Reblogged from bridgemi.com by Chastity Pratt Dawsey
Renee Honor knew something was wrong with her son, Nicholas, when he was struggling to read in third grade. She was upset his school didn’t catch it.
Honor, 43, of Detroit, asked his school to test him for special education and soon found out he had attention deficit disorder, a mild cognitive disorder, and is on the autism spectrum.
The diagnosis has turned Honor into something of an educational nomad. Over the past five years, she’s switched school three times in Detroit in hopes of getting better services, which have ranged from little intervention to a self-contained special-education class.
Now 15, Nicholas is heading to Mumford High next month with assessments that show he’s reading at a sixth-grade level, but a report card that says he’s passing all his classes. Honor says her son still confuses the letters “b” and “d” and struggles to count coins.
“They’re not giving him what he needs,” Honor said. “This is how a kid ends up wanting to drop out.”
Reblogged from Diane Ravitch’s blog
Arthur Goldstein gives a close reading of Eliza Shapiro’s article about “why New York City is no longer the national leader of reform” in education.
When he read it, he felt heartened by the thought that “reform” was on the ropes, withering on the vine, falling apart, use whatever metaphor you want. Going, going, gone.
And yet he knows how demoralized the teachers in his building are.
He shows the error of Shapiro’s framing of the teacher tenure issue. “Reform” apparently means the utter elimination of any job rights for teachers. “Reformers” want to be able to fire any teacher at any time, without cause, just because they want to. Reformers agree that teachers should have no rights at all, and they wonder why there is a growing teacher shortage.
Reblogged from The Atlantic by Jean M. Twenge
One day last summer, around noon, I called Athena, a 13-year-old who lives in Houston, Texas. She answered her phone—she’s had an iPhone since she was 11—sounding as if she’d just woken up. We chatted about her favorite songs and TV shows, and I asked her what she likes to do with her friends. “We go to the mall,” she said. “Do your parents drop you off?,” I asked, recalling my own middle-school days, in the 1980s, when I’d enjoy a few parent-free hours shopping with my friends. “No—I go with my family,” she replied. “We’ll go with my mom and brothers and walk a little behind them. I just have to tell my mom where we’re going. I have to check in every hour or every 30 minutes.”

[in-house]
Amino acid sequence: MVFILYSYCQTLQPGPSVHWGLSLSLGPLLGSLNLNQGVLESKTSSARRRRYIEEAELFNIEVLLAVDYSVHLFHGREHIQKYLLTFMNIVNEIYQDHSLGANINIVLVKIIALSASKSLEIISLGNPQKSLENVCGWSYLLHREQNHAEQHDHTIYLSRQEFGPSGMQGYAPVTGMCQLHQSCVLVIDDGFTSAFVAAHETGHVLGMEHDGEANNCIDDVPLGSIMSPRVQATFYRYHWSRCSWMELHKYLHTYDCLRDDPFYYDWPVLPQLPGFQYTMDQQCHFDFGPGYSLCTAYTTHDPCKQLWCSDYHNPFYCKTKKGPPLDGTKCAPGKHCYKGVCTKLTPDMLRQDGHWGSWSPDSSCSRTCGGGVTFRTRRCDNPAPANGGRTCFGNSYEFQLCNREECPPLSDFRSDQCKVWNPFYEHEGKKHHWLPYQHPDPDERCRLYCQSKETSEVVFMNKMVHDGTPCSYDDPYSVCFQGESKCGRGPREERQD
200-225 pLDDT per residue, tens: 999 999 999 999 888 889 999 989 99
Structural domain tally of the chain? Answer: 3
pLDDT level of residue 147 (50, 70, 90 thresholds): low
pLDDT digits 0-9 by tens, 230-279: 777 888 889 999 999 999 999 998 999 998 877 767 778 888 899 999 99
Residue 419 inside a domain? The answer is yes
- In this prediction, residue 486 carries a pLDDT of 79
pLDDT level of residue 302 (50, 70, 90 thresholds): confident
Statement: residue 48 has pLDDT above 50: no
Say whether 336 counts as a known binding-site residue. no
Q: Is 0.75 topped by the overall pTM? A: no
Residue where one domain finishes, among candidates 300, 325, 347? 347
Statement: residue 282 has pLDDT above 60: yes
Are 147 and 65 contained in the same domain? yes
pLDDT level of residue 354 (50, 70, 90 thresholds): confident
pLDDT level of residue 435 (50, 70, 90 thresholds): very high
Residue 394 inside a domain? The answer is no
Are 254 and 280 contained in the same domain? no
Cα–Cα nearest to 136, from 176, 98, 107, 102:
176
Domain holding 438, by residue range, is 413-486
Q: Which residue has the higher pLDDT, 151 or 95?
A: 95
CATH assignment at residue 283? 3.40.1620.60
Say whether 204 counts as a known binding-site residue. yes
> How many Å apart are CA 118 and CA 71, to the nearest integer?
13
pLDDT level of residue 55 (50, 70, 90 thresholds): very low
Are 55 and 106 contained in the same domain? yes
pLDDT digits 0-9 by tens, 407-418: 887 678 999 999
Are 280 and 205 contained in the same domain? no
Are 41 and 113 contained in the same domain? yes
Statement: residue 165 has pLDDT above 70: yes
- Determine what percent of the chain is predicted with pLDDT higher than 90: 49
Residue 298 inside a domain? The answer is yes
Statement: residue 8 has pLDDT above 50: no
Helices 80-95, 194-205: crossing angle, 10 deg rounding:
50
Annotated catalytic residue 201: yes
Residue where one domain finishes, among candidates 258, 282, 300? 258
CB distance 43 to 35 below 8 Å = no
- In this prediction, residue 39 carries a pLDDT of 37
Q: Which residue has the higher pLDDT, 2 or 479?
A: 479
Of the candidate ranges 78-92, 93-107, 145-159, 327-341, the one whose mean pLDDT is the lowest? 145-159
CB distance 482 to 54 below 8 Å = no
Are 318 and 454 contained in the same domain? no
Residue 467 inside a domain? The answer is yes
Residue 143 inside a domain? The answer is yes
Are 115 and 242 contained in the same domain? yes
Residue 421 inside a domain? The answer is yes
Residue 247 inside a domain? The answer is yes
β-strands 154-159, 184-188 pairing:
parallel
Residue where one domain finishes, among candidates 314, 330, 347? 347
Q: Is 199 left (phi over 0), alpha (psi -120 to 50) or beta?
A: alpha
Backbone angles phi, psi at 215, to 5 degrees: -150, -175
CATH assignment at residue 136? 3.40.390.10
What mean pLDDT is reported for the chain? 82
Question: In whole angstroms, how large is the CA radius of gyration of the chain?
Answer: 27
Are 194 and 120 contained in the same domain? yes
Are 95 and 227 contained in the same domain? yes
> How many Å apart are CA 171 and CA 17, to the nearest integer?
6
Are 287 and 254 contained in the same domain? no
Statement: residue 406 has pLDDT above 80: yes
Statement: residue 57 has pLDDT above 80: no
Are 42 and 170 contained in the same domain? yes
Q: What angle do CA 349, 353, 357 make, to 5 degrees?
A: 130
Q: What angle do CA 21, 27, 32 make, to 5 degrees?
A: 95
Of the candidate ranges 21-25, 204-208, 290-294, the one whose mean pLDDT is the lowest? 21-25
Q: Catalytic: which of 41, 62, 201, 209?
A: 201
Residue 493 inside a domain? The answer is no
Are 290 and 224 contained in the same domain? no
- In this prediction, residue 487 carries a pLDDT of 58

Those mall trips are infrequent—about once a month. More often, Athena and her friends spend time together on their phones, unchaperoned.
Reblogged from mea.org
Once again this year, we will repeat a popular $30 dues rebate that nearly 5,000 members took advantage of last year to save approximately $140,000.
Under the plan, a member who pays 2017-18 dues for the year in full by Oct. 31 (this date will be earlier in some LBL locals—you will be notified by your leadership if this is the case) and completes the necessary form, he or she will receive $30 in return. The $30 is not pro-rated—it is the same regardless of the amount of the member’s total dues. Full dues include complete Local, MEA and NEA dues.
Go to the original post>>
Reblogged from Bridge
Empty desks in education classes
Nearly every teacher-prep program in Michigan is enrolling fewer students today than just a few years ago.
Go to the searchable data base and story>>
Reblogged from Hack Education
Within the past week, two well-known and well-established coding bootcamps have announced they’ll be closing their doors: Dev Bootcamp, owned by Kaplan Inc., and The Iron Yard, owned by the Apollo Education Group (parent company of the University of Phoenix). Two closures might not make a trend… yet. But some industry observers have suggested we might see more “consolidation” in the coming months.
It appears that there are simply more coding bootcamps – almost 100 across the US and Canada – than there are students looking to learn to code. (That is to say, there are more coding bootcamps than there are people looking to pay, on average, $11,000 for 12 weeks of intensive training in a programming language or framework).
All this runs counter, of course, to the pervasive belief in a “skills gap” – that there aren’t enough qualified programmers to fill all the programming jobs out there, and that as such, folks looking for work should jump at the chance to pay for tuition at a bootcamp. Code.org and other industry groups have suggested that there are currently some 500,000 unfilled computing jobs, for example. But that number is more invention than reality, a statistic used to further a particular narrative about the failure of schools to offer adequate technical training. That 500,000 figure, incidentally, comes from a Bureau of Labor Statistics projection about the number of computing and IT jobs that will added to the US economy by 2024, not the number of jobs that are available – filled or unfilled – today.
Perhaps instead of “everyone should learn to code,” we should push for everyone to learn how to read the BLS jobs report.